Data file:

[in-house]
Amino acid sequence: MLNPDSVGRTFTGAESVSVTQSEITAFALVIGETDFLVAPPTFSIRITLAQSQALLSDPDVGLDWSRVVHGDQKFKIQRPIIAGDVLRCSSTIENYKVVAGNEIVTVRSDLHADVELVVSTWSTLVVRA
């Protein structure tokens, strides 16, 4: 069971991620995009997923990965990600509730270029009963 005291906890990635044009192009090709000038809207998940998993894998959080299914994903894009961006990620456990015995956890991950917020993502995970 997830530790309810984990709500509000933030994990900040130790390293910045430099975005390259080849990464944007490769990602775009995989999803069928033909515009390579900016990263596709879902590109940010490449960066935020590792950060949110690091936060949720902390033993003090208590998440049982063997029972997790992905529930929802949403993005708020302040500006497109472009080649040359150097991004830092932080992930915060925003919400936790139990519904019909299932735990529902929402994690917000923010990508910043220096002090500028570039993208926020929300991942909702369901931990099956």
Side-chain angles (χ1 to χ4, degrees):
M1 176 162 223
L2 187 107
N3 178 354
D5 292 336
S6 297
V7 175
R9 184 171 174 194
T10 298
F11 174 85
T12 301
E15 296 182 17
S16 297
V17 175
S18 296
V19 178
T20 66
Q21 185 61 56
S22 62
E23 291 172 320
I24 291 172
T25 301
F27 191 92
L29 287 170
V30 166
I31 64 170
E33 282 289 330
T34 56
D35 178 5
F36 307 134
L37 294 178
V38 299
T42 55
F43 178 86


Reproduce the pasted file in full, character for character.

[in-house]
Amino acid sequence: MLNPDSVGRTFTGAESVSVTQSEITAFALVIGETDFLVAPPTFSIRITLAQSQALLSDPDVGLDWSRVVHGDQKFKIQRPIIAGDVLRCSSTIENYKVVAGNEIVTVRSDLHADVELVVSTWSTLVVRA
């Protein structure tokens, strides 16, 4: 069971991620995009997923990965990600509730270029009963 005291906890990635044009192009090709000038809207998940998993894998959080299914994903894009961006990620456990015995956890991950917020993502995970 997830530790309810984990709500509000933030994990900040130790390293910045430099975005390259080849990464944007490769990602775009995989999803069928033909515009390579900016990263596709879902590109940010490449960066935020590792950060949110690091936060949720902390033993003090208590998440049982063997029972997790992905529930929802949403993005708020302040500006497109472009080649040359150097991004830092932080992930915060925003919400936790139990519904019909299932735990529902929402994690917000923010990508910043220096002090500028570039993208926020929300991942909702369901931990099956």
Side-chain angles (χ1 to χ4, degrees):
M1 176 162 223
L2 187 107
N3 178 354
D5 292 336
S6 297
V7 175
R9 184 171 174 194
T10 298
F11 174 85
T12 301
E15 296 182 17
S16 297
V17 175
S18 296
V19 178
T20 66
Q21 185 61 56
S22 62
E23 291 172 320
I24 291 172
T25 301
F27 191 92
L29 287 170
V30 166
I31 64 170
E33 282 289 330
T34 56
D35 178 5
F36 307 134
L37 294 178
V38 299
T42 55
F43 178 86